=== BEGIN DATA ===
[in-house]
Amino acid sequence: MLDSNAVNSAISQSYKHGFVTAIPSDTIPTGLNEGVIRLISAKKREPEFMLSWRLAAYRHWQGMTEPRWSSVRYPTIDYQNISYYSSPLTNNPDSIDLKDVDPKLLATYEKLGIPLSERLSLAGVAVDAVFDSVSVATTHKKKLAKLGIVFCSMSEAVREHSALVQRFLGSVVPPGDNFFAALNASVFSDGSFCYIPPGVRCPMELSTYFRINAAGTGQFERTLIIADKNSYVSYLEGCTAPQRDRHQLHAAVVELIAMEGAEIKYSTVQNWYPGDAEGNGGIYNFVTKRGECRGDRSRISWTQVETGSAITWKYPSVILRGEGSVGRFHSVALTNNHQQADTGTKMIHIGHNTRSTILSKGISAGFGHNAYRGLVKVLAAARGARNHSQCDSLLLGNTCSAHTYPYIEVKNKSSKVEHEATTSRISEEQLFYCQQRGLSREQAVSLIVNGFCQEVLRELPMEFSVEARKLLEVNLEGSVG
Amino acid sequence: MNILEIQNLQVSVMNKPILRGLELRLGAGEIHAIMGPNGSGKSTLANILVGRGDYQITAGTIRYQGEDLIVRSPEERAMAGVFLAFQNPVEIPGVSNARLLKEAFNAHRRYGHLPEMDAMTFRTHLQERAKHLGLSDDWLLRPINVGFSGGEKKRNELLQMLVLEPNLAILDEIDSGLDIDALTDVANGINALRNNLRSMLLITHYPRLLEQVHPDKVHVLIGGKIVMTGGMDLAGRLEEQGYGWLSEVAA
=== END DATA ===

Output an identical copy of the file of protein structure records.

[in-house]
Amino acid sequence: MLDSNAVNSAISQSYKHGFVTAIPSDTIPTGLNEGVIRLISAKKREPEFMLSWRLAAYRHWQGMTEPRWSSVRYPTIDYQNISYYSSPLTNNPDSIDLKDVDPKLLATYEKLGIPLSERLSLAGVAVDAVFDSVSVATTHKKKLAKLGIVFCSMSEAVREHSALVQRFLGSVVPPGDNFFAALNASVFSDGSFCYIPPGVRCPMELSTYFRINAAGTGQFERTLIIADKNSYVSYLEGCTAPQRDRHQLHAAVVELIAMEGAEIKYSTVQNWYPGDAEGNGGIYNFVTKRGECRGDRSRISWTQVETGSAITWKYPSVILRGEGSVGRFHSVALTNNHQQADTGTKMIHIGHNTRSTILSKGISAGFGHNAYRGLVKVLAAARGARNHSQCDSLLLGNTCSAHTYPYIEVKNKSSKVEHEATTSRISEEQLFYCQQRGLSREQAVSLIVNGFCQEVLRELPMEFSVEARKLLEVNLEGSVG
Amino acid sequence: MNILEIQNLQVSVMNKPILRGLELRLGAGEIHAIMGPNGSGKSTLANILVGRGDYQITAGTIRYQGEDLIVRSPEERAMAGVFLAFQNPVEIPGVSNARLLKEAFNAHRRYGHLPEMDAMTFRTHLQERAKHLGLSDDWLLRPINVGFSGGEKKRNELLQMLVLEPNLAILDEIDSGLDIDALTDVANGINALRNNLRSMLLITHYPRLLEQVHPDKVHVLIGGKIVMTGGMDLAGRLEEQGYGWLSEVAA